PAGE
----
By: Drew Bordeaux
Drew Bordeaux, the new Music Editor at B&NC Mag, was a COO of a business planning and analytics firm prior to focusing full-time on creative pursuits. Drew is a musician, who plays 8 instruments including guitar and violin, and performs over 100 shows per year. Drew is a photographer, recently featured in Vogue, and a writer, with pop culture articles appearing in Sports Illustrated, College Humor, and Maxim. Drew is a Fox Lane and Harvard graduate, and lives locally with his wife, Tammy.
Photos by Gabe Palacio
Caramoor Center for Music and Arts is synonymous with top-notch musicians and amazing performances, tranquil gardens and beautiful landscapes, stunning architecture and compelling artifacts. While many of us in the area have visited to see a performance, taken a tour of the historic Rosen House, or even attended a graduation, one of the most exciting aspects of the venue is their growing commitment to sound art installations.
Caramoor’s annual series Sonic Innovations serves as one of the largest displays of sound art in the nation and is overseen by Chicago-based curator and Northwestern University professor Stephan Moore. To commemorate their 75th Anniversary, Caramoor has unveiled a permanent commissioned work by Trimpin, a majestic sound art sculpture entitled In “C”. Trimpin, an internationally acclaimed composer, musician, visual artist, inventor and MacArthur foundation “Genius” award recipient, created the 16-foot high double letter C as an “interactive and kinetic” structure that will welcome guests as they
arrive. The steel sculpture has 24 tuned metal bell chimes suspended from the top of the “C,” which are activated by a motion sensor and can be played by a push-button that triggers pre-composed pieces. In “C” also
features an education mode, which will allow it to be played by a digital keyboard, with each key playing a different chime.
We were eager to speak with both Trimpin and Moore to discuss sound art, this unique flagship sculpture and also about what it means to create and provide access to sound art during these unique times.
Moore, an accomplished composer and sound artist in his own right, helped explain what sound art is: “Sound art is music organized in space [and] the experience of sound that goes outside of the concert hall. [It] thinks about sound in a context where the context itself is subject to artist creation and manipulation.” Moore is on a mission to help make Caramoor the “Storm King of sound art.”
In 2014, Caramoor launched their first major sound art exhibition, In the Garden of Sonic Delights. Moore shared that, “Sound art at Caramoor wouldn’t exist without Trimpin.” While the venue has featured numerous works by many artists, Trimpin is a visionary and pioneer in the field, whose relationship with Caramoor dates back to that first exhibition, where he shared an installation entitled “The Pianohouse” – a work which included six upright piano frameworks configured in the shape of a house, that played as visitors approached.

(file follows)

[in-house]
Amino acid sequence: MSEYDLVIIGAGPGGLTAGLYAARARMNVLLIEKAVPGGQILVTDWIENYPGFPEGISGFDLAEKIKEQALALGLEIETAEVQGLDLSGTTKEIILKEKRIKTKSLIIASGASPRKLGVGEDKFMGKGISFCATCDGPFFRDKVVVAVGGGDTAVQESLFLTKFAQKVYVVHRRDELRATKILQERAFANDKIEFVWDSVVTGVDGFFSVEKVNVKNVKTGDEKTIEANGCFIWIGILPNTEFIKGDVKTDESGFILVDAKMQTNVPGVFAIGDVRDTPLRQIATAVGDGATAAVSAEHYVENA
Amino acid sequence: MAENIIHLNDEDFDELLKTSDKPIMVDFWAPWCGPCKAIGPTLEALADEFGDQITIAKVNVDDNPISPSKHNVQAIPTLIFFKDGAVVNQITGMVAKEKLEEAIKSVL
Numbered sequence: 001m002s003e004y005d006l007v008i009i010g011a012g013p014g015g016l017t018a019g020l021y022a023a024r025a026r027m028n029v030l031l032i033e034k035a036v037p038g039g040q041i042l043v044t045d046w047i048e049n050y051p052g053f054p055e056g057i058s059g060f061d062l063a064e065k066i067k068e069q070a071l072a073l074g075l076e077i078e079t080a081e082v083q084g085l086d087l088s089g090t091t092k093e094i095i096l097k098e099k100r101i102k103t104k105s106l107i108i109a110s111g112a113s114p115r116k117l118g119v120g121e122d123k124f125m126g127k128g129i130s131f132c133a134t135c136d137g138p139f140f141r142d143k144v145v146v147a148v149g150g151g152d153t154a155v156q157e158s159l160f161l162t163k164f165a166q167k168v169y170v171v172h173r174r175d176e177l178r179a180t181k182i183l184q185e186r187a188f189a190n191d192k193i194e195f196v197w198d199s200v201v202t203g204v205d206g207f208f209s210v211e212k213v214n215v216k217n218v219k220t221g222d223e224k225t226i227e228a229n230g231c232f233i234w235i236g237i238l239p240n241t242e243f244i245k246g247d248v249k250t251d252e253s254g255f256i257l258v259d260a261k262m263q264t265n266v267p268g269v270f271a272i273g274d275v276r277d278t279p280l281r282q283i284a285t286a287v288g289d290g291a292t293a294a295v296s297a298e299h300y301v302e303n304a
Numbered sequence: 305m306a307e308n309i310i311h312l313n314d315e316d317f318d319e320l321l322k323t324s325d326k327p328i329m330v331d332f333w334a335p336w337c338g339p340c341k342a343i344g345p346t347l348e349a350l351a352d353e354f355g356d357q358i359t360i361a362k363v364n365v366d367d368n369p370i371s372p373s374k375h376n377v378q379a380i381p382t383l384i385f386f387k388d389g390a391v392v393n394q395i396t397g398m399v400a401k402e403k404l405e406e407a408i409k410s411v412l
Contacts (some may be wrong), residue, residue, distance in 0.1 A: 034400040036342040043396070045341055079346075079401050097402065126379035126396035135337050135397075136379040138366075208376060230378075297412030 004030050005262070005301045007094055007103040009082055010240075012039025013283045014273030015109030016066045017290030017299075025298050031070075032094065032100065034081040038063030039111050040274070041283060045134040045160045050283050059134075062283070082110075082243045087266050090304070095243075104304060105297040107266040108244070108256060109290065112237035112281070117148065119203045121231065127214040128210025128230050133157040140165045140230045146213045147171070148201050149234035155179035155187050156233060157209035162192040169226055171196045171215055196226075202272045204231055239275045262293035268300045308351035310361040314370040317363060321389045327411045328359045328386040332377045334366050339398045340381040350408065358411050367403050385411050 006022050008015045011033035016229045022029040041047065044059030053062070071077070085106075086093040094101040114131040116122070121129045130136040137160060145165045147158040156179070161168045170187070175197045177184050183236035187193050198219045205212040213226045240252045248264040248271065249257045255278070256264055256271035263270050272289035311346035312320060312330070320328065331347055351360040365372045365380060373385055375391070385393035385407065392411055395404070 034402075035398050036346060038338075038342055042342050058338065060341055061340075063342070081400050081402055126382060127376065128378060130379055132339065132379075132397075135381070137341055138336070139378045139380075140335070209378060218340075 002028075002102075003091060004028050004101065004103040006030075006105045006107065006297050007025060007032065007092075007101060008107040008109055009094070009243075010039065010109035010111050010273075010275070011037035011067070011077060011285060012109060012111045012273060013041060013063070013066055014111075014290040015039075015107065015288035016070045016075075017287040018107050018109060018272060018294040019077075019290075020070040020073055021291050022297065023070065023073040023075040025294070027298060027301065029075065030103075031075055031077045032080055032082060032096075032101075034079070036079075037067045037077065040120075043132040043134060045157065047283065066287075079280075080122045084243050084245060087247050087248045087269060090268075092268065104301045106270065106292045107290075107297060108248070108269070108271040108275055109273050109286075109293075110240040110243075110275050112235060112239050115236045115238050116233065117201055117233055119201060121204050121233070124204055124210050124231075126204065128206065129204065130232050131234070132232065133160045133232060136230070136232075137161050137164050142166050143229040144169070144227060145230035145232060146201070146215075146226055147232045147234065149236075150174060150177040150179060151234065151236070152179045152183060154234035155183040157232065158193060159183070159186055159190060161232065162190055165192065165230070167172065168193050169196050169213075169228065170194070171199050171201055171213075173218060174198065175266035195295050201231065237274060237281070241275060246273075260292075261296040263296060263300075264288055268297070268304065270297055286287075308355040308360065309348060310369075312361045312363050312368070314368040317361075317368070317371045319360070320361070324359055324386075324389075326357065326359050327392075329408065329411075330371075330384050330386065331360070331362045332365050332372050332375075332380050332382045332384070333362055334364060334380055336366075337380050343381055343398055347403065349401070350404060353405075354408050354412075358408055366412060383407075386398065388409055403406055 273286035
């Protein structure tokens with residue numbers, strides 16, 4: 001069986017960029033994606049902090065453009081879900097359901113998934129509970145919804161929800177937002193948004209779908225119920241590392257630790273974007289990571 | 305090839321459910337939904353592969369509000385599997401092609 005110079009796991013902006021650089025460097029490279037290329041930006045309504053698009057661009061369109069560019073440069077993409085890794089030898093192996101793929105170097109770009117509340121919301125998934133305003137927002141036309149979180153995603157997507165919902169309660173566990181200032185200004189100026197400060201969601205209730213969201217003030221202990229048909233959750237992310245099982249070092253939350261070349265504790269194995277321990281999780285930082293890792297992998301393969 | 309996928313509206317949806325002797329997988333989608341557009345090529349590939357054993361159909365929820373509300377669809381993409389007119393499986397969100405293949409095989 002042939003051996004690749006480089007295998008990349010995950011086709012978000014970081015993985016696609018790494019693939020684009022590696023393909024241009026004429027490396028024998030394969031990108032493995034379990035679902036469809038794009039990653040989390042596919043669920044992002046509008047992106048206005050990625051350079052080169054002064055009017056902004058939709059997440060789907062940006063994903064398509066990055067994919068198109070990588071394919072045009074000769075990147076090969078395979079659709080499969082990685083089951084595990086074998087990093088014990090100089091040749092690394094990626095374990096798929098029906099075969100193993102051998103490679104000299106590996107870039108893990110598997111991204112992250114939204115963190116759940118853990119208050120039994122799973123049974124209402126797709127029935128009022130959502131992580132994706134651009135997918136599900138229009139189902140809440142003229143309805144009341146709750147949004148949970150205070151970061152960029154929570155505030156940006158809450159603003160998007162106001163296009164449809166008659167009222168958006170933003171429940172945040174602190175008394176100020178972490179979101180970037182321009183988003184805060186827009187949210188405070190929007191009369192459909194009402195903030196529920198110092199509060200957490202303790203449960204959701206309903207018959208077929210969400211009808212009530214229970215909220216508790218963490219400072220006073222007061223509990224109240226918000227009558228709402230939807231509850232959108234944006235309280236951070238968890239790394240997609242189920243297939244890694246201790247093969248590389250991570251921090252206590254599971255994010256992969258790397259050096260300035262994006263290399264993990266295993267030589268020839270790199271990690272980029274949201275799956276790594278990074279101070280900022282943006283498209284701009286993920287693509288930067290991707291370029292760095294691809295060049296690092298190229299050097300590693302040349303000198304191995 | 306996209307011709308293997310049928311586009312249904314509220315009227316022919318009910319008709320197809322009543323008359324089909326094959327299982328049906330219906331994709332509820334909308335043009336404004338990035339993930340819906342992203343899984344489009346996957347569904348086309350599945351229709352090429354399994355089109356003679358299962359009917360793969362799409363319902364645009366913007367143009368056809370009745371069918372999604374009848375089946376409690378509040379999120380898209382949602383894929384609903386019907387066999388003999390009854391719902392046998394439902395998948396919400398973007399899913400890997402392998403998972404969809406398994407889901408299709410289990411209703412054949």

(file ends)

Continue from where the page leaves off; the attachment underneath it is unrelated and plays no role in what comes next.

Trimpin spoke highly about how the grounds shaped his thinking and inspiration for In “C”. “Through Stephan, I’ve had the opportunity several times to do work at Caramoor. It was always this magical place where nature is totally around…where you can listen to the birds
and the environment. It’s quite a ways from the traffic and other industrial noises, so it’s really a magical place in terms of what you can do with sound art in this space.”
Sound art is a complex multidisciplinary field, where each piece can pose brand new challenges and opportunities. Trimpin outlined the unique considerations for the construction of In “C”, which included careful work with structural engineers to ensure the safety of the piece for the public and the selection of materials that provided both long term durability as well proper sonic resonance. Important compromises are made in the design of such outdoor structures to ensure it’s less likely for animals like squirrels to be attracted or for birds to nest in the installation. Interestingly, while the structure is complete, as of the writing of this article, the compositions that will be played by the push-button have not yet been written. Both Moore and Trimpin explained that because of the amount of variables that impact the final sound of an installation, it’s not uncommon to save this part of the process until after the “instrument” is built.
When asked about the role of sound art at Caramoor as our community and nation deal with the pandemic, Moore shared, “No matter what happens to the concert programming, people are going to be able to come in small groups, experience the work here, and do that in a way that is safe.” He continued, “We are still going to exist, we’re still going to be putting forward an offering. It’s a difficult moment for all of us in so many ways, but whatever small way it adds to people’s lives… to be able to come out of the house, to come to a beautiful spot to experience some art and have a destination… Every organization and everyone has their role to play in this, and if we can play that role for some people and offer some possibility in this difficult year, that’s what we have that we can do.”
When asked about the various configurations of notes from the chimes, and if he had any concerns over how the chimes could be played by others, Trimpin shared a valuable insight which holds an interesting lesson for all of us right now: “Dissonance doesn’t exist in nature. You don’t complain when birds are singing because they are singing completely out of tune. You don’t complain because they are in nature singing and suddenly it sounds beautiful.”